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PRIDE THE

Spring 2015 Volume 20, Issue 1 St. Mark’s School of Texas Alumni Magazine

In this issue:

The Future of Science David Dini’s First Year The New Sound of St. Mark’s: The Roosevelt Family Pipe Organ

Endless Be Your Fame: Remembering J.J. Connolly


The Future of Science at St. Mark’s In every scientist, engineer, explorer, and researcher a spark of curiosity was ignited at a young age. Before stepping onto the moon, Neil Armstrong built wind tunnels in his parents’ basement. Before his 13th birthday, Alexander Graham Bell invented a device to quickly husk wheat. Before graduating from high school, Bill Gates formed his first tech start-up. Scientific curiosity may be a power harnessed by adults, but it is a trait formed in youth.

F

or Class of 2014 Valedictorian and current

University of Pennsylvania Benjamin Franklin Scholar Halbert Bai, John Mead’s sixth-grade biology class first ignited his spark. The experiment

was simple enough: examine a drop of water from the pond outside the McDermott-Green Quadrangle under the microscope. But within that single drop of water, Mr. Mead led his students on a bio-safari, revealing an intricate world beyond the range of human vision. Halbert had always enjoyed learning about science from teachers and textbooks, but at St. Mark’s, he experienced it firsthand. “Even as a sixth-grader, I was able to not only see and perform some major historical experiments but also come up with my own hypotheses that I validated or refuted in experiments that I designed on my own,” Halbert said. “My curiosity in science truly blossomed at St. Mark’s.”


Features

(above) Biology teacher Mark Adame leads iGEM students in a lab.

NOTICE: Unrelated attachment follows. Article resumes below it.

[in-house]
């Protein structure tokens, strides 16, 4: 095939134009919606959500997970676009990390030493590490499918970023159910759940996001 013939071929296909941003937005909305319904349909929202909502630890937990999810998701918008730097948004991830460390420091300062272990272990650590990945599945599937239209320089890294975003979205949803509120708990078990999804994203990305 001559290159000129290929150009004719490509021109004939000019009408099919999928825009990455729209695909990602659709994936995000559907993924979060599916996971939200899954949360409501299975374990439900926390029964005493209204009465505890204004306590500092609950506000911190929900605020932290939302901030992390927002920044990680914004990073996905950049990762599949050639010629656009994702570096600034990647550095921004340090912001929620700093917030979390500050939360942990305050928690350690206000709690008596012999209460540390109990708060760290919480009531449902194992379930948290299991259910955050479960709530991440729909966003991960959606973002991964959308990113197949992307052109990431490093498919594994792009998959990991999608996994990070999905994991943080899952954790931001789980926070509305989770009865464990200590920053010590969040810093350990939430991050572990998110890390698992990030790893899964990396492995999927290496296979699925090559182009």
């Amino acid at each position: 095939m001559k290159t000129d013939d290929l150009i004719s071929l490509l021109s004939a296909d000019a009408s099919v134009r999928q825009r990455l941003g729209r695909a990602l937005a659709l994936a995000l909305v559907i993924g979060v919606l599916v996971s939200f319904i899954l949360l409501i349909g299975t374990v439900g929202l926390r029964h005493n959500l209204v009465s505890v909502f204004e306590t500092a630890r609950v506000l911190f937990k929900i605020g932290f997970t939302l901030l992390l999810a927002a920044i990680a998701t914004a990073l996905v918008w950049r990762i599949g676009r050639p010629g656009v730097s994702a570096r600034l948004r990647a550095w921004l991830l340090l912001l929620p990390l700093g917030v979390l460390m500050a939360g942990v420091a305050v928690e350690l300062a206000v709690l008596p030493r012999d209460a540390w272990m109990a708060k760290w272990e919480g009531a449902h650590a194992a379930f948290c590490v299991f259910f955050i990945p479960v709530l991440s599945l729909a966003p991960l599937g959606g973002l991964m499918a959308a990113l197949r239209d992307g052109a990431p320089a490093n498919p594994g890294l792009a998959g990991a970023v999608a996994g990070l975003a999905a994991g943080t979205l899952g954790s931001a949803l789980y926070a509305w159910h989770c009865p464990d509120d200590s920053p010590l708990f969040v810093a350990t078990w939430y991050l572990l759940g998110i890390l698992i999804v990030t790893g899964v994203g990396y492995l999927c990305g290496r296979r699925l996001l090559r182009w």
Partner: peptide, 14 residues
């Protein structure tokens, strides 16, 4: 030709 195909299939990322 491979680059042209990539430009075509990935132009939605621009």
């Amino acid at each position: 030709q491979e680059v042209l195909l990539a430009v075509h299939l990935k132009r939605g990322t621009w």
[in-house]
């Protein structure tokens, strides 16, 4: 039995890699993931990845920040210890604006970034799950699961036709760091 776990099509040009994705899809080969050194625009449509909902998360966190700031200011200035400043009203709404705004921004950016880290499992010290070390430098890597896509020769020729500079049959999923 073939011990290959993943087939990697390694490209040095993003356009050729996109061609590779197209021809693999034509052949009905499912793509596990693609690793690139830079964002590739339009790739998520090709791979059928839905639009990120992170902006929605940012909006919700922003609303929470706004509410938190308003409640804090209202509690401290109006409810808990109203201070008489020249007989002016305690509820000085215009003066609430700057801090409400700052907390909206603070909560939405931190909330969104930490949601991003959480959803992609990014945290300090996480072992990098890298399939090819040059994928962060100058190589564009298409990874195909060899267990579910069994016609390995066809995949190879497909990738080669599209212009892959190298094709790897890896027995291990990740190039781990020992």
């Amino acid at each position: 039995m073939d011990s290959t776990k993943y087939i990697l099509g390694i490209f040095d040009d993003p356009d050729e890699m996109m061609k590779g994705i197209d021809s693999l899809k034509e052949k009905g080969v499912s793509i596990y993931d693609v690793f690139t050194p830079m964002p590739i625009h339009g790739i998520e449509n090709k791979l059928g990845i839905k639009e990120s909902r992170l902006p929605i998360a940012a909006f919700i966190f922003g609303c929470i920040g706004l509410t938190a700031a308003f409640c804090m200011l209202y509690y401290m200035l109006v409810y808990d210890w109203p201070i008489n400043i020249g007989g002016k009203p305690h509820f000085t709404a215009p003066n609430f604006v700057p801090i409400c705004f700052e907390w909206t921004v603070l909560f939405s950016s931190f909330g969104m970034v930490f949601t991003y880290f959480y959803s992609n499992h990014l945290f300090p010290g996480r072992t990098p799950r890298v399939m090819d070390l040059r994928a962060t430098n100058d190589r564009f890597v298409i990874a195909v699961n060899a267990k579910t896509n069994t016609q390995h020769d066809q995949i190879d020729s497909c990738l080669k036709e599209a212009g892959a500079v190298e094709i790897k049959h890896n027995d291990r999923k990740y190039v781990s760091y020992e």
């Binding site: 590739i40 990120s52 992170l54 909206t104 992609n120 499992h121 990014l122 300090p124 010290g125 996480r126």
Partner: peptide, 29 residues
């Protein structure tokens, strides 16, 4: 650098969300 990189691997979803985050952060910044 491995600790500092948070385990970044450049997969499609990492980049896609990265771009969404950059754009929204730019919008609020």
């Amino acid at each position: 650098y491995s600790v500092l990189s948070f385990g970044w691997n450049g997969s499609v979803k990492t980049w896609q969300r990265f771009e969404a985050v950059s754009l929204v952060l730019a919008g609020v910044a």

Arriving at St. Mark’s, Halbert found a science program built

Inside labs and classrooms in the Science

on experiential learning. Students don’t just study theories,

Quadrangle, learning is truly hands-on. Lower

solve equations, follow preset experiments, and read about their subjects. Teachers at St. Mark’s bring science to life.

Schoolers stare up in awe at the planetarium’s domed ceiling as Dr. Steve Balog, Cecil H. and Ida Green Master Teaching Chair, takes them on an interactive tour of the zodiac.

“The inquiry-focused curriculum prepares Marksmen for the real world,”

Middle Schoolers hold their breath as they

Halbert said. “Having the content we learn in the classroom be applied through

release meticulously crafted spaceships

hands-on experiments allowed us to learn skills we could not attain just by

made of paper and straws, hoping their small

listening to lectures or reading textbooks.”

marshmallow astronauts won’t bounce out on impact. And Upper Schoolers use centrifuges in college-level labs to identify missing ions.

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Features | THE PRIDE

St. Mark’s School of Texas


Features

Leading the sciences at St. Mark’s as Stephen M.

After poring through scientific literature and

Seay ’68 Science Department Chair, Fletch Carron

journals, the team decided to research lung cancer

has great respect for the School’s long history of

and the possibility of creating a biosensor for the

scientific education. “Ever since the construction

disease. Meeting almost daily over the summer of

of the McDermott-Green Quadgrangle, St. Mark’s

2013, Halbert and the 14 other iGEM Team members

served as a beacon for students interested in the

designed gene circuits and refined their experiment

sciences and an incubator for their passions.”

methods for implementation. At the end of the

In the same year that the United States first put a

around the world and, out of the 11 special prizes

man in space, St. Mark’s cemented its dedication to

available, they received the Safety Commendation

the sciences with the opening of the McDermott-

Award—an impressive feat for a first-time team.

(below) Ken Owens ’89 leads an explosive demonstration.

season, they competed against 55 other teams from

Green Science & Mathematics Quadrangle. Built in 1961 with support from the founders of Texas

But the team wasn’t satisfied with simply competing.

Instruments, the building elevated St. Mark’s to the

After all, Marksmen are taught that with knowledge

national stage and led TIME magazine to declare

and privilege comes a responsibility to serve. During